| An SPU
Danna Davis Began Her Long-Lived Campus Connection
in First Grade
DANNA WILDER DAVIS ’39 completed first grade through college
graduation in 15
consecutive years — 1924 to 1939 — on
the Seattle Pacific College campus.
Why did SPC include the entire spectrum
of grades at the time? “The College
was training teachers,” says Davis. “The on campus elementary classes and high
school provided a place to do student teaching for certification. At the time,
didn’t accept student teachers from private,
religious colleges or universities.
Davis began her long-lived campus connection in the first grade.
To the best of my knowledge and research,
four others completed 16 years
of schooling on campus,” Davis states. “They were Lillian Probsfeldt Smith,
Lenna May Burns Pettengill, Miriam Marston Owen and Burton Beegle, all deceased.
Dewey Beegle devoted his entire career to teaching math at SPC, spending much
of his life at our campus.”
Danna Wilder’s family resided in the neighborhood
surrounding Seattle Pacific.
Consequently, she lived at home during
her school years. As a college student, she
was one of the early Falconettes, who wore
their distinctive sleeveless sweaters with
emblems. She was also active in student
gov ernment, serving as secretary of the
student body association.
“I worked in the Registrar’s Office
under Dr. Philip Ashton,” she recalls. “When enrollment went over 300, the college
celebrated by declaring a half-day
holiday from classes.”
When asked about social life on campus
during the ’30s, Davis grins. “Dates consisted of long walks on Queen Anne Hill
and sitting together in Vespers.
That’s how Joe Dav is and I spent time
together. We couldn’t sit together in classes or chapel because seating was done
alphabetically. Even the steps up into Peterson Hall [then the administrative
building] were divided, the boys
walking on one side and the girls the other.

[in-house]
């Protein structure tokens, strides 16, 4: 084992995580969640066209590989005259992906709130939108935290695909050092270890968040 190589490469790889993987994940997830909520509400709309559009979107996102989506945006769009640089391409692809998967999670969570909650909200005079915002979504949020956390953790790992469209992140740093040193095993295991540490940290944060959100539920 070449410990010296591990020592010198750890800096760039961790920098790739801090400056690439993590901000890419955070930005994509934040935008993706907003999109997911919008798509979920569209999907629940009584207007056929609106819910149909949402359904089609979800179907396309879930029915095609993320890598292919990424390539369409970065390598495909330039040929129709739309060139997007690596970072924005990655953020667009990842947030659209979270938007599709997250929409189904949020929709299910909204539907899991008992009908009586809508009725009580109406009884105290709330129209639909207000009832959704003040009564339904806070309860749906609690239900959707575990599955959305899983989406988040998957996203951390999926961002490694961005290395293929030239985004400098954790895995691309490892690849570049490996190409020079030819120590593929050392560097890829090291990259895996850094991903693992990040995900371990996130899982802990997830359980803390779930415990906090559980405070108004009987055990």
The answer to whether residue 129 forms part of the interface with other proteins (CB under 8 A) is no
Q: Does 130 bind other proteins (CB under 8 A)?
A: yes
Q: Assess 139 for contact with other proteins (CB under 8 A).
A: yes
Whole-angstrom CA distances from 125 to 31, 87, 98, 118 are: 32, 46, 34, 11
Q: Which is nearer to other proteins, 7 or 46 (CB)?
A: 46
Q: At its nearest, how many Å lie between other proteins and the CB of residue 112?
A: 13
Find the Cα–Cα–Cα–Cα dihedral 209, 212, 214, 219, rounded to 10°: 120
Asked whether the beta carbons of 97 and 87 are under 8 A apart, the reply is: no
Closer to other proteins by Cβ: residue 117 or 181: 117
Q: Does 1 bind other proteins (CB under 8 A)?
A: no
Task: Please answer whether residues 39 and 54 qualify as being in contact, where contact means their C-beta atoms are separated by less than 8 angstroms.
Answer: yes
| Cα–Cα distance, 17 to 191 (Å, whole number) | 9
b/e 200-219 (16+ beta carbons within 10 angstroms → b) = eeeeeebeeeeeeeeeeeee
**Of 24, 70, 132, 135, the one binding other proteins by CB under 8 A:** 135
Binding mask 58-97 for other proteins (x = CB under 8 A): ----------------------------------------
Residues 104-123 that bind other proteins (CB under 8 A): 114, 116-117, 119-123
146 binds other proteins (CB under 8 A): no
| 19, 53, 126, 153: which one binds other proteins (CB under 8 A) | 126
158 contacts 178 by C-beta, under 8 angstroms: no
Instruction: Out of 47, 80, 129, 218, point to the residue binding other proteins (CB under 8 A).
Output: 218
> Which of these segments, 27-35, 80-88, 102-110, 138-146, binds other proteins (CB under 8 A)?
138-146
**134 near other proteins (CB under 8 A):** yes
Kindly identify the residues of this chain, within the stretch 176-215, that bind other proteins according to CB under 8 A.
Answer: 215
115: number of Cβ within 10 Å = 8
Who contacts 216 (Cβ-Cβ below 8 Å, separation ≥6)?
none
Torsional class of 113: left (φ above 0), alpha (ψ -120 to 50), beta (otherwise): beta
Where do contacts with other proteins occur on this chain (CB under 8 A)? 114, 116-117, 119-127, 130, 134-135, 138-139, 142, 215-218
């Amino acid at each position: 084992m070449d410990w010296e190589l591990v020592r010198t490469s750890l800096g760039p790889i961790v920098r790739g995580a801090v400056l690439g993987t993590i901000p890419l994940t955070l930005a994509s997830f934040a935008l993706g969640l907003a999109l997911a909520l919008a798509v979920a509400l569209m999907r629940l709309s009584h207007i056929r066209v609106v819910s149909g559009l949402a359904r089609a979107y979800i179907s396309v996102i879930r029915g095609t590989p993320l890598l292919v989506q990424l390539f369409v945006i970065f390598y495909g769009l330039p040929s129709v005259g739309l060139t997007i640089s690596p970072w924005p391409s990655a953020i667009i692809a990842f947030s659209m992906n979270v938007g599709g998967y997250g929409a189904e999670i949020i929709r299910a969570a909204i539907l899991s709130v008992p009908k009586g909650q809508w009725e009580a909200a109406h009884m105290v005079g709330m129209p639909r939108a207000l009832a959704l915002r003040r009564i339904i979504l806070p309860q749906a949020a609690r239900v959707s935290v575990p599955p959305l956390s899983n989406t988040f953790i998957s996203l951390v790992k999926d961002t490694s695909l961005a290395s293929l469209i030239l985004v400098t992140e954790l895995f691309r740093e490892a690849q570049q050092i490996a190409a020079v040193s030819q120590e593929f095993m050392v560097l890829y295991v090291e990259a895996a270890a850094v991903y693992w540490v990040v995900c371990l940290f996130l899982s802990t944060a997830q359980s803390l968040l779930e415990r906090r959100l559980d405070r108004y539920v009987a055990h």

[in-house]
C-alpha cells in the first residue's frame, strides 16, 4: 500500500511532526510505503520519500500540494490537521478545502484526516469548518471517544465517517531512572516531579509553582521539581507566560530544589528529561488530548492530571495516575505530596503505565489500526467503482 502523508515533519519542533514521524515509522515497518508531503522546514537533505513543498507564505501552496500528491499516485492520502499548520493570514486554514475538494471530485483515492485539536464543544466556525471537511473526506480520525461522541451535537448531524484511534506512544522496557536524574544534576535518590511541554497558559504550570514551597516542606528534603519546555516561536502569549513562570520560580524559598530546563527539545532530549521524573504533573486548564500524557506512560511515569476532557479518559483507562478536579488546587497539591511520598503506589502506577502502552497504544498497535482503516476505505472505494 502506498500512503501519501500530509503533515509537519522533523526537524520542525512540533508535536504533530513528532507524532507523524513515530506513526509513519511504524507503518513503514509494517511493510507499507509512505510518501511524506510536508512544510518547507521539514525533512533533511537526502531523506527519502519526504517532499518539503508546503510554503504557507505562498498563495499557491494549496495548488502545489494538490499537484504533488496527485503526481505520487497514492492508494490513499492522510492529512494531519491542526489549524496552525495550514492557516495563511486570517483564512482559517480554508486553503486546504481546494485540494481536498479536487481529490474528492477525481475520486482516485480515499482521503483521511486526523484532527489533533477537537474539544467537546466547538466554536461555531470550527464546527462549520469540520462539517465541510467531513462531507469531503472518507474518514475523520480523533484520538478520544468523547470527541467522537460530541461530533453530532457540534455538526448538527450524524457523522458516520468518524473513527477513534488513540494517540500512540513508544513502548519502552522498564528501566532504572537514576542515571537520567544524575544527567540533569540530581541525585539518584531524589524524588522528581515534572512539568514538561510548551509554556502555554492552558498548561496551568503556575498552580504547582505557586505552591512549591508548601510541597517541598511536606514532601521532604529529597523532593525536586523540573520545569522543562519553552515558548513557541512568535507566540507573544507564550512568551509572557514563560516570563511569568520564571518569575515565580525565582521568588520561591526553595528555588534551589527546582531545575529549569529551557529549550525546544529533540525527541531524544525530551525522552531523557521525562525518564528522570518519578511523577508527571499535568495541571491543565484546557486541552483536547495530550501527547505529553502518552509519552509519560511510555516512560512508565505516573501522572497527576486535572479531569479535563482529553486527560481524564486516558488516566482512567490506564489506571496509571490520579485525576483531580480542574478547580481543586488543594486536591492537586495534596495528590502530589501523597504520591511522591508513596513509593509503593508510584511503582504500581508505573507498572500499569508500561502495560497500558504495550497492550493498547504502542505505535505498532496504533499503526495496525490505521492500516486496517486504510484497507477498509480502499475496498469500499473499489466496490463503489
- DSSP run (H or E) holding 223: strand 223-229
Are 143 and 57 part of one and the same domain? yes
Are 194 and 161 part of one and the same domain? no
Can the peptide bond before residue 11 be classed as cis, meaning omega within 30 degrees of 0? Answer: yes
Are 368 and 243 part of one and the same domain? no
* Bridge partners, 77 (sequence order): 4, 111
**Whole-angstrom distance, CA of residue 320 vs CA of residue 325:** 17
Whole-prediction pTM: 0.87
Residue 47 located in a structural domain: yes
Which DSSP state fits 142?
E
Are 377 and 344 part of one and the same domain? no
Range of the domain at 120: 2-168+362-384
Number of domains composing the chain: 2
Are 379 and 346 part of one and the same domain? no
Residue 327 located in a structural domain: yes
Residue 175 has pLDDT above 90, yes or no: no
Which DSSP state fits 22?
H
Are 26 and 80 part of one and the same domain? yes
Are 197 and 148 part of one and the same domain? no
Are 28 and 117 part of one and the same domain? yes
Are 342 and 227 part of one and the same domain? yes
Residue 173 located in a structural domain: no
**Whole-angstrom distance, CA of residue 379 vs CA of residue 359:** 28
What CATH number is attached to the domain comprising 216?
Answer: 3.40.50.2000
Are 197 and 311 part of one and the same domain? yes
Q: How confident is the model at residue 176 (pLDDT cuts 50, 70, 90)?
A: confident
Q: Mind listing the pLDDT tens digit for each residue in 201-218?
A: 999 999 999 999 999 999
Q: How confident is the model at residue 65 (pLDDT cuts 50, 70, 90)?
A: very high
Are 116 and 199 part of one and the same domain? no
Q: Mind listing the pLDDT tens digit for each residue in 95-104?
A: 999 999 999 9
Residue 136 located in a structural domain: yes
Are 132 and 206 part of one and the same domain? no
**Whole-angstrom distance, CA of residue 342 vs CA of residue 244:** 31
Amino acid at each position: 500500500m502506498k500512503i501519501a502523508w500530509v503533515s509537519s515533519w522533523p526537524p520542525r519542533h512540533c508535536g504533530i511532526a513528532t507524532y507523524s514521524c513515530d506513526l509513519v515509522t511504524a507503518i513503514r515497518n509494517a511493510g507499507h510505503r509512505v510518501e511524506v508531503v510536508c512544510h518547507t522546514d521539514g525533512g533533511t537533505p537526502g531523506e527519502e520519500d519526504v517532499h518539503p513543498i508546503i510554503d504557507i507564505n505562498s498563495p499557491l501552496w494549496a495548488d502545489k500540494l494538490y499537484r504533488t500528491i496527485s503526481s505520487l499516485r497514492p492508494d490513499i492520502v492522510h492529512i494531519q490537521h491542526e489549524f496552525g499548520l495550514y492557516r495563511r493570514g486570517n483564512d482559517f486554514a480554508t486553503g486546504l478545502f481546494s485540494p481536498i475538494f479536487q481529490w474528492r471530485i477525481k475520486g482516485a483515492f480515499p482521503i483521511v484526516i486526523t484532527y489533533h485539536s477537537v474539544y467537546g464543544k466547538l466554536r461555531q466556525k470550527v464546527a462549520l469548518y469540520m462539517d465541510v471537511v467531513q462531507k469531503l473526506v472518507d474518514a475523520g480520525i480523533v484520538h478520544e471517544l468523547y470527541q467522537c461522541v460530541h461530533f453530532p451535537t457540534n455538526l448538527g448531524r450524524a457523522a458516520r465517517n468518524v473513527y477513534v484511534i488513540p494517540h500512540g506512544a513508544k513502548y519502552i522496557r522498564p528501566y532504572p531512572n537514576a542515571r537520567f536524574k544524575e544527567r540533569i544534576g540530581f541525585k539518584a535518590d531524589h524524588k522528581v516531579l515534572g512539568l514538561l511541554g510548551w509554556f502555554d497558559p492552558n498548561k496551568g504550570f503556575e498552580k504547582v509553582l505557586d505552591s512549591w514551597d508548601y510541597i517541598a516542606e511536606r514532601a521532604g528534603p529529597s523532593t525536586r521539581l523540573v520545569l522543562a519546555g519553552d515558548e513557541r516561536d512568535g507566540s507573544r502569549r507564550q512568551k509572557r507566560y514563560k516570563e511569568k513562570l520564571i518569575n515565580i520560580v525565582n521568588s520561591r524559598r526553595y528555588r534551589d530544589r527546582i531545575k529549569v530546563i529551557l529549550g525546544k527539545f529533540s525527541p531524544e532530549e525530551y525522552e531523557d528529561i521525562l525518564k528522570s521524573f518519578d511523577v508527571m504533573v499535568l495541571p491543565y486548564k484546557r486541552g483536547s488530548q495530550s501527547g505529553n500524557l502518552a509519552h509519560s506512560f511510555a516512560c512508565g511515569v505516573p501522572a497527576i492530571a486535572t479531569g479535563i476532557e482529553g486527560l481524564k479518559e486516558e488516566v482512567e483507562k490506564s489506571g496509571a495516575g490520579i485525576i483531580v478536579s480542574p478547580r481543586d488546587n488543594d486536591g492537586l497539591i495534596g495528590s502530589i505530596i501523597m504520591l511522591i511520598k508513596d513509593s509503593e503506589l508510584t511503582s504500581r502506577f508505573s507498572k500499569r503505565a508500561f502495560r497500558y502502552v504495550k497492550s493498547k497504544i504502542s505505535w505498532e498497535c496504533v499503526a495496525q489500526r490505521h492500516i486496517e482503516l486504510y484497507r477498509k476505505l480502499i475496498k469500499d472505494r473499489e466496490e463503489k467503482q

This changed under President C. Hoyt
Some of those early rules seem archaic today, Davis
acknowledges. “The college
president’s wife was the dean of women. Because there was a required hem length,
all the young women had to take their skirts and dresses to the first lady for
measurement,” she says with a chuckle.
After Joe graduated in 1941, romantic
sparks flew faster. Preparing to go east to Biblical Seminary of New York, he
couldn’t leave Danna behind. They married and headed for the Big Apple. While
Joe attended seminary, Danna
worked as secretary to George Upton ’25
at the Brooklyn YMCA.
“When we returned to the state of Washington, Joe and I
Methodist churches in Port Angeles,
Auburn and Mount Vernon,” recalls Davis. “From there, President Watson recruited
Joe to join the SPC faculty in biblical literature. Watson later encouraged Joe
go to graduate school in theology.”
Back on campus as a faculty wife, Danna Davis
was given a small room in the basement of Peterson Hall. There she ran the Alumni
Office practically singlehandedly for five years. Once the Alumni Association
hired a full-time director, she became an Alumni Board member, serving part of
that time as secretary, and also as an advisor to the Falconettes.
Joe and Danna
Davis enjoyed many years of involvement with Seattle Pacific. There they met
and fell in love. Later, they invested their lives in students, often hosting
them for meals in their home. Following a distinguished career, Joe Davis retired
from Seattle Pacific University in 1981. He died in 1998.
Danna Davis now lives
at the Warm Beach Senior Community near Stanwood, Washington. She smiles and
laughs as she
recalls her years as a student and as a
professor’s wife. She also remembers some little-known facts about the area around
“The lower Queen Anne college vicinity
was known as Ross,” she recalls. “Third Avenue was one of the stops of the trolley
that came down Nickerson on tracks from the city center to Golden Gardens. It
known as ‘the Ross Stop.’ Across Third Avenue from the present Student Union
Building (SUB) was a corner grocery store known as the Ross Marche. Across Bertona
from the SUB were a corner
drugstore, another grocery store and a
Davis’ son, Dan Davis ’73, is the father of Laura Davis, currently
at Seattle Pacific. So the legend lives on.
SPU is “home” to the Davis family.
— BY BOB HASLAM
— PHOTO BY JERRY GAY
Bob Haslam ’50 is the former editor of Light and Life magazine
and former book/acquisition editor for Light and Life Press. He
currently works as a freelance writer and editor. Seattle Pacific
is part of the Haslam heritage as well: Bob’s mom and dad met at
SPC, and his brother, sister, son, daughter, cousins, nieces and
nephews all attended his alma mater.
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